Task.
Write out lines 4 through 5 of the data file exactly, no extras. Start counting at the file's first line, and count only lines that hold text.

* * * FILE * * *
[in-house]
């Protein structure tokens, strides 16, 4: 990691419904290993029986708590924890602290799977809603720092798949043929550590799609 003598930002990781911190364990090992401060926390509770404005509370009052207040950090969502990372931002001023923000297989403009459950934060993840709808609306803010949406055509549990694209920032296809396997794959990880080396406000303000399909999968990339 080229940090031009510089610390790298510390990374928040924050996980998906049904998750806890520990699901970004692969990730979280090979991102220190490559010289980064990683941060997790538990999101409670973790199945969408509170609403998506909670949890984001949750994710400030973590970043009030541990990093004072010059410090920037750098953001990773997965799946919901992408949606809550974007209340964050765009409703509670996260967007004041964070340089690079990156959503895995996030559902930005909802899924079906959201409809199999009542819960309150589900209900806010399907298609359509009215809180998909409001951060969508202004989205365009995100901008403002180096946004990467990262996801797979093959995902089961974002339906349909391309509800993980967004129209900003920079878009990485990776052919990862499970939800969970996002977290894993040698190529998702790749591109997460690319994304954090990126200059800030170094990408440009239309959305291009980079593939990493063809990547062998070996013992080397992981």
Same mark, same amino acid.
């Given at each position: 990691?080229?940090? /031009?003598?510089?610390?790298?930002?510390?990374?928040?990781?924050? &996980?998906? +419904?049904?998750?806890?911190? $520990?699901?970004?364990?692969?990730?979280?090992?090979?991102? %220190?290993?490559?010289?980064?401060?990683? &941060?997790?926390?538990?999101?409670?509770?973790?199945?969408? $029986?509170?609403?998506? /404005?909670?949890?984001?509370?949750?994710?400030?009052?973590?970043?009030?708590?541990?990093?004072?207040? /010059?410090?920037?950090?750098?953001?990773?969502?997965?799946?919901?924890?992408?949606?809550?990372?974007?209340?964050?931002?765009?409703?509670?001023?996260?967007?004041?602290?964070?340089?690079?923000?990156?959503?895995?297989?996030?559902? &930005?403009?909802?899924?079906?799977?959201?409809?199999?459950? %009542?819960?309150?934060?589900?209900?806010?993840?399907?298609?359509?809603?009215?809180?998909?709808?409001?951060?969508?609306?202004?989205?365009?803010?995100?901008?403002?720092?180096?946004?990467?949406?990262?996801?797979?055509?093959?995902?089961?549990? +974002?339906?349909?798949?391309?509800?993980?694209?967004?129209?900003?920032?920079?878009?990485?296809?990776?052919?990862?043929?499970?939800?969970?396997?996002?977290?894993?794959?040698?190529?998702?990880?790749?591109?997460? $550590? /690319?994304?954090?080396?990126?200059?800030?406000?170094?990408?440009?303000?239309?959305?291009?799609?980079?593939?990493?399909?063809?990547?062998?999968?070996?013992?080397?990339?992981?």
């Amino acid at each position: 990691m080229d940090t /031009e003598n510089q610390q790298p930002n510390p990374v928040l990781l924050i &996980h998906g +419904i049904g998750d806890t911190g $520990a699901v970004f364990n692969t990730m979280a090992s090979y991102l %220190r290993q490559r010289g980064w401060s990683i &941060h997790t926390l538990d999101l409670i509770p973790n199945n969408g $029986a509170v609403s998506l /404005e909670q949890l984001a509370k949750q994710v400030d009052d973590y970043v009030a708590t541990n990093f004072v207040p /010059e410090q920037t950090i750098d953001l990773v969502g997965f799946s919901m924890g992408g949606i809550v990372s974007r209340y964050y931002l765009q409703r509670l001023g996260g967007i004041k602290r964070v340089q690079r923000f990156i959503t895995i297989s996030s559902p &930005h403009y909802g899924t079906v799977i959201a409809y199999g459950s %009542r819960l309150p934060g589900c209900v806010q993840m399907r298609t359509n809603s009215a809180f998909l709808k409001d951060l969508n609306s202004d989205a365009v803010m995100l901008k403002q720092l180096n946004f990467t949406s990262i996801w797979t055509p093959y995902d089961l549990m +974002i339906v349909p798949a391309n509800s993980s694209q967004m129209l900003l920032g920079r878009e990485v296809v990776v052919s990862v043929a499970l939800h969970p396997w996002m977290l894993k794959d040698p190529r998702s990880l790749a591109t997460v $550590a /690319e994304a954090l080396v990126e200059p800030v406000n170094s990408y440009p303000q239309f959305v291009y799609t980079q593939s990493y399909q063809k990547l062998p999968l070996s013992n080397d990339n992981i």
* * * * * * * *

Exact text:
């Given at each position: 990691?080229?940090? /031009?003598?510089?610390?790298?930002?510390?990374?928040?990781?924050? &996980?998906? +419904?049904?998750?806890?911190? $520990?699901?970004?364990?692969?990730?979280?090992?090979?991102? %220190?290993?490559?010289?980064?401060?990683? &941060?997790?926390?538990?999101?409670?509770?973790?199945?969408? $029986?509170?609403?998506? /404005?909670?949890?984001?509370?949750?994710?400030?009052?973590?970043?009030?708590?541990?990093?004072?207040? /010059?410090?920037?950090?750098?953001?990773?969502?997965?799946?919901?924890?992408?949606?809550?990372?974007?209340?964050?931002?765009?409703?509670?001023?996260?967007?004041?602290?964070?340089?690079?923000?990156?959503?895995?297989?996030?559902? &930005?403009?909802?899924?079906?799977?959201?409809?199999?459950? %009542?819960?309150?934060?589900?209900?806010?993840?399907?298609?359509?809603?009215?809180?998909?709808?409001?951060?969508?609306?202004?989205?365009?803010?995100?901008?403002?720092?180096?946004?990467?949406?990262?996801?797979?055509?093959?995902?089961?549990? +974002?339906?349909?798949?391309?509800?993980?694209?967004?129209?900003?920032?920079?878009?990485?296809?990776?052919?990862?043929?499970?939800?969970?396997?996002?977290?894993?794959?040698?190529?998702?990880?790749?591109?997460? $550590? /690319?994304?954090?080396?990126?200059?800030?406000?170094?990408?440009?303000?239309?959305?291009?799609?980079?593939?990493?399909?063809?990547?062998?999968?070996?013992?080397?990339?992981?």
């Amino acid at each position: 990691m080229d940090t /031009e003598n510089q610390q790298p930002n510390p990374v928040l990781l924050i &996980h998906g +419904i049904g998750d806890t911190g $520990a699901v970004f364990n692969t990730m979280a090992s090979y991102l %220190r290993q490559r010289g980064w401060s990683i &941060h997790t926390l538990d999101l409670i509770p973790n199945n969408g $029986a509170v609403s998506l /404005e909670q949890l984001a509370k949750q994710v400030d009052d973590y970043v009030a708590t541990n990093f004072v207040p /010059e410090q920037t950090i750098d953001l990773v969502g997965f799946s919901m924890g992408g949606i809550v990372s974007r209340y964050y931002l765009q409703r509670l001023g996260g967007i004041k602290r964070v340089q690079r923000f990156i959503t895995i297989s996030s559902p &930005h403009y909802g899924t079906v799977i959201a409809y199999g459950s %009542r819960l309150p934060g589900c209900v806010q993840m399907r298609t359509n809603s009215a809180f998909l709808k409001d951060l969508n609306s202004d989205a365009v803010m995100l901008k403002q720092l180096n946004f990467t949406s990262i996801w797979t055509p093959y995902d089961l549990m +974002i339906v349909p798949a391309n509800s993980s694209q967004m129209l900003l920032g920079r878009e990485v296809v990776v052919s990862v043929a499970l939800h969970p396997w996002m977290l894993k794959d040698p190529r998702s990880l790749a591109t997460v $550590a /690319e994304a954090l080396v990126e200059p800030v406000n170094s990408y440009p303000q239309f959305v291009y799609t980079q593939s990493y399909q063809k990547l062998p999968l070996s013992n080397d990339n992981i």